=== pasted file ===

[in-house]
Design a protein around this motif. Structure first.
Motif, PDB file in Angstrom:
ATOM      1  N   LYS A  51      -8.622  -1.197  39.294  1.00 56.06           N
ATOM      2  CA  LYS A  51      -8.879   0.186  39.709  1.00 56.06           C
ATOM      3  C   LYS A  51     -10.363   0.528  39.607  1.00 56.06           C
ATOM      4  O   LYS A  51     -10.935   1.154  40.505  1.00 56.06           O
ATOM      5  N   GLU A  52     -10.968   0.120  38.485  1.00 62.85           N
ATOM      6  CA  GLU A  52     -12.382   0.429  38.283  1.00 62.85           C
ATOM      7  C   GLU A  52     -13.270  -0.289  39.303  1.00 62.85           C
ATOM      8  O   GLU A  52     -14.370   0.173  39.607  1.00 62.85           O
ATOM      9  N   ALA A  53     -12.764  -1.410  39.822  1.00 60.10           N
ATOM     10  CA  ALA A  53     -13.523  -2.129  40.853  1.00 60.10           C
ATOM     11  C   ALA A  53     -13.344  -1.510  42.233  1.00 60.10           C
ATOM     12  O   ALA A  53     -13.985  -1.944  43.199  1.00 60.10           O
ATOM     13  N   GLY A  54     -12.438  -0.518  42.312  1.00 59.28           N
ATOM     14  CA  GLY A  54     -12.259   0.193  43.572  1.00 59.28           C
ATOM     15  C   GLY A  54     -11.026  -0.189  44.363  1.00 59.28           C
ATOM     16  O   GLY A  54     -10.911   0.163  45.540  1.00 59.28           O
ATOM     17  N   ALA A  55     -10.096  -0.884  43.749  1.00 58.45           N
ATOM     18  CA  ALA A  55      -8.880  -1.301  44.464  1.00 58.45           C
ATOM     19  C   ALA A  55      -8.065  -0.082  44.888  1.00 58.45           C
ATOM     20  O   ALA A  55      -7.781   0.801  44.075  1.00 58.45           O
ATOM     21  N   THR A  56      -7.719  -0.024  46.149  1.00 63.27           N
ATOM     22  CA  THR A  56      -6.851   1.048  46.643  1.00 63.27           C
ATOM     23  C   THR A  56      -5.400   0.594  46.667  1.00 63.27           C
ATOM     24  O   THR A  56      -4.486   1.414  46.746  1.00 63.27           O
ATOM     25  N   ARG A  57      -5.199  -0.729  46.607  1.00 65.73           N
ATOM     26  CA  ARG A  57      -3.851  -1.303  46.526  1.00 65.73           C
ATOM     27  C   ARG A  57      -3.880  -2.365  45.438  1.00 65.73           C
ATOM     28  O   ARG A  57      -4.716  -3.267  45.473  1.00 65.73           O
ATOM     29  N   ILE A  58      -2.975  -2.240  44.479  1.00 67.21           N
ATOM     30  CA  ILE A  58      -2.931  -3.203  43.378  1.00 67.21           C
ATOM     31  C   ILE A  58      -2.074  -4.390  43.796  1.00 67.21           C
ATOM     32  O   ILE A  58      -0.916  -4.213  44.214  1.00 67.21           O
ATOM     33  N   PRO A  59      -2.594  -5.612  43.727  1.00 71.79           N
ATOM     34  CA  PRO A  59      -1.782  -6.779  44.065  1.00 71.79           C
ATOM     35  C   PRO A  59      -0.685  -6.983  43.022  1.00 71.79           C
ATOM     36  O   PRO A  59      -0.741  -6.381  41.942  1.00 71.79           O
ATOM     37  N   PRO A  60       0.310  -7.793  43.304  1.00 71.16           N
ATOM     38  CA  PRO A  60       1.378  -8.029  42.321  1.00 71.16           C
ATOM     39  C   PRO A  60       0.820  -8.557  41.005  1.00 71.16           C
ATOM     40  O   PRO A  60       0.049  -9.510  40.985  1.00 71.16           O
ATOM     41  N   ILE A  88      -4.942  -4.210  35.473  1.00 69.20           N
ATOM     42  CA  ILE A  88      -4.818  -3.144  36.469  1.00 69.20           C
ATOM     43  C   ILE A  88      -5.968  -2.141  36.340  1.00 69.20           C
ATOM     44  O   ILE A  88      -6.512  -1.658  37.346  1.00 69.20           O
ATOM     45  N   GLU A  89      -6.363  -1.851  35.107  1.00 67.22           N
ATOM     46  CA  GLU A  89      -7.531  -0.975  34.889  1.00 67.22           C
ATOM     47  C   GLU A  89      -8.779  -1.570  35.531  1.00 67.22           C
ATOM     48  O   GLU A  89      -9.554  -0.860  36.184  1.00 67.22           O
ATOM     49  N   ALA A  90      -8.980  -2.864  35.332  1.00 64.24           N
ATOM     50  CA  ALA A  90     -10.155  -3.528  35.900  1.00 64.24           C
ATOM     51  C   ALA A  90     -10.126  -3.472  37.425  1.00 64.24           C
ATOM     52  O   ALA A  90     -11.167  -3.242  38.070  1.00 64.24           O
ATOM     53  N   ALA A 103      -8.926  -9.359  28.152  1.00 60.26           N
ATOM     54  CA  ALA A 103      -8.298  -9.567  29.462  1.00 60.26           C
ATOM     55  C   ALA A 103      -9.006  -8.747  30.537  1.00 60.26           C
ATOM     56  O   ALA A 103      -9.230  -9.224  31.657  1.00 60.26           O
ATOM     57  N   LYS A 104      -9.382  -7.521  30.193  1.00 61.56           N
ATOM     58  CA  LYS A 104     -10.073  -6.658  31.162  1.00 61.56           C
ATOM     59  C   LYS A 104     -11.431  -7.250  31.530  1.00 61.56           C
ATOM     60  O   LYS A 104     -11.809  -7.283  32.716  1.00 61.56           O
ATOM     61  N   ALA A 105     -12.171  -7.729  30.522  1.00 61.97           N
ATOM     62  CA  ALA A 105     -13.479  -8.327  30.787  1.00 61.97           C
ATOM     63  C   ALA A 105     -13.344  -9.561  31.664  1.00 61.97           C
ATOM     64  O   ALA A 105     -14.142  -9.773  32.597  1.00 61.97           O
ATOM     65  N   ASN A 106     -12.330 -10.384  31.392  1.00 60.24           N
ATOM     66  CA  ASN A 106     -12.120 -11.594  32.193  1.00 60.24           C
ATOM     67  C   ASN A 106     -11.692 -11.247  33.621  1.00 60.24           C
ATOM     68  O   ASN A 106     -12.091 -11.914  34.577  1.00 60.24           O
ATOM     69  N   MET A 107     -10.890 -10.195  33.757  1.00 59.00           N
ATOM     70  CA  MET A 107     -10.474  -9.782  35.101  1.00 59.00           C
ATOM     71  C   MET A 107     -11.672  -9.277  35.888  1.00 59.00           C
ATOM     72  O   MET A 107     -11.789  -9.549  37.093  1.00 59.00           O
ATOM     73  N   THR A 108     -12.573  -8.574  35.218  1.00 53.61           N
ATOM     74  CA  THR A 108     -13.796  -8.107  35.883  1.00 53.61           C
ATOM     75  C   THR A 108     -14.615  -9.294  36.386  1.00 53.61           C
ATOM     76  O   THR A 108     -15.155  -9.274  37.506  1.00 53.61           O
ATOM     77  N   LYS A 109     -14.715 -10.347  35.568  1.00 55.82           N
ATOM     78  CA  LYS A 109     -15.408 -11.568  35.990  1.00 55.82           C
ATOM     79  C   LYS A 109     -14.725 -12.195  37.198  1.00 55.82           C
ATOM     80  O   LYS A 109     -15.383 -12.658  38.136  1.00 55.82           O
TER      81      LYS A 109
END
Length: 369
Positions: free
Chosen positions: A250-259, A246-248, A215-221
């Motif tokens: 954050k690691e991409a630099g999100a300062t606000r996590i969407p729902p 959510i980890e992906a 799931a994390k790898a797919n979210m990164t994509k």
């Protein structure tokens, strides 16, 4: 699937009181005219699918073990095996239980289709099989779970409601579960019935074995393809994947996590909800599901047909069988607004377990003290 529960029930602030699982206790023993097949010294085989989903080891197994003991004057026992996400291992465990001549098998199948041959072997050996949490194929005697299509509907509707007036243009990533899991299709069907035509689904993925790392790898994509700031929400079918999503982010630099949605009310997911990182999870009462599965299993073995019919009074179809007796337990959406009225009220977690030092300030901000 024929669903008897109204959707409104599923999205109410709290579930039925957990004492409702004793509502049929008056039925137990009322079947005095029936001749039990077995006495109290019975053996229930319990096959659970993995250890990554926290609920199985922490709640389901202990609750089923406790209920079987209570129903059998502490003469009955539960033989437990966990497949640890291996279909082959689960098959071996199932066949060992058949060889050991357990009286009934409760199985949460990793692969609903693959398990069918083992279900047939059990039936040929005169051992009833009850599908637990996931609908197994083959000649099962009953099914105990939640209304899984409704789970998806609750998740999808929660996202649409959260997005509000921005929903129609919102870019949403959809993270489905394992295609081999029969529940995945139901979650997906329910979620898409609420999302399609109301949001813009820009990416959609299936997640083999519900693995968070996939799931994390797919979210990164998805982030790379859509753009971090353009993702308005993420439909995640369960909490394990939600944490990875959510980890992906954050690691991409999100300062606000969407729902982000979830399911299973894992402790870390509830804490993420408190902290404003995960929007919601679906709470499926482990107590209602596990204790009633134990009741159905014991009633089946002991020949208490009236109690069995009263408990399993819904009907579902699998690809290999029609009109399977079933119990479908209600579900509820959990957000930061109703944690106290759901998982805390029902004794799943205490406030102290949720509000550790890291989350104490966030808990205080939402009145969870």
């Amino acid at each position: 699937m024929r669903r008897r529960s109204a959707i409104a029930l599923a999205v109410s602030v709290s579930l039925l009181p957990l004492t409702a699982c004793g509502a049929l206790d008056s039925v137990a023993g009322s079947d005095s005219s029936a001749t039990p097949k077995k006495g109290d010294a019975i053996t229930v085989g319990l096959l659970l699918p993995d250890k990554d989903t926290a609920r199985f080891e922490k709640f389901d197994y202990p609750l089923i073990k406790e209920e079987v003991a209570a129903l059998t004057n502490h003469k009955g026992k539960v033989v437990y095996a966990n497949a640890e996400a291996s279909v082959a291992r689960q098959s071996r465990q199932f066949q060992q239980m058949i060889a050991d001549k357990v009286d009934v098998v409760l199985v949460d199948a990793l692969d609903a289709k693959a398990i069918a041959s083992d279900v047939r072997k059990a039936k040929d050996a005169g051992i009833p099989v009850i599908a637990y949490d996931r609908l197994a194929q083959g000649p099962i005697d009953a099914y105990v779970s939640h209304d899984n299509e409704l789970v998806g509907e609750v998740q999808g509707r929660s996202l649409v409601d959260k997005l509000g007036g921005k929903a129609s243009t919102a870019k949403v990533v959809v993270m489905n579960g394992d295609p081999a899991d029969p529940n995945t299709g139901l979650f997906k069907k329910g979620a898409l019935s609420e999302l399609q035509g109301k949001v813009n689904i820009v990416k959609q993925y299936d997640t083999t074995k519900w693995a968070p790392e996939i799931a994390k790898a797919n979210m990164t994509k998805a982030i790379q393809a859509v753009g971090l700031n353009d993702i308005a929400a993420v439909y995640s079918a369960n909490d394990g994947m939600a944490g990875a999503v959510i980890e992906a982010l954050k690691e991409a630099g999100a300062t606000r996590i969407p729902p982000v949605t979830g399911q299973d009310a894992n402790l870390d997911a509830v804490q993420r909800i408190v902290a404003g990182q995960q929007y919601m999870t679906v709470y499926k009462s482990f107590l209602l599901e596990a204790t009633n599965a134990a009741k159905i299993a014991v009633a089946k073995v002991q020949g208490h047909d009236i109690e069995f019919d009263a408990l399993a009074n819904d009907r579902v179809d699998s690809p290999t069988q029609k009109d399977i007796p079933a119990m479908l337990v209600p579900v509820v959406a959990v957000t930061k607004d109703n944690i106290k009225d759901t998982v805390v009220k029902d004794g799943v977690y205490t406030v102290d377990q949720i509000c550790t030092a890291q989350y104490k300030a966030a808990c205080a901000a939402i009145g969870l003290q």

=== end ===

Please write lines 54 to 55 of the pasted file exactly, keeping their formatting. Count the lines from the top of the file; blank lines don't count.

ATOM     51  C   ALA A  90     -10.126  -3.472  37.425  1.00 64.24           C
ATOM     52  O   ALA A  90     -11.167  -3.242  38.070  1.00 64.24           O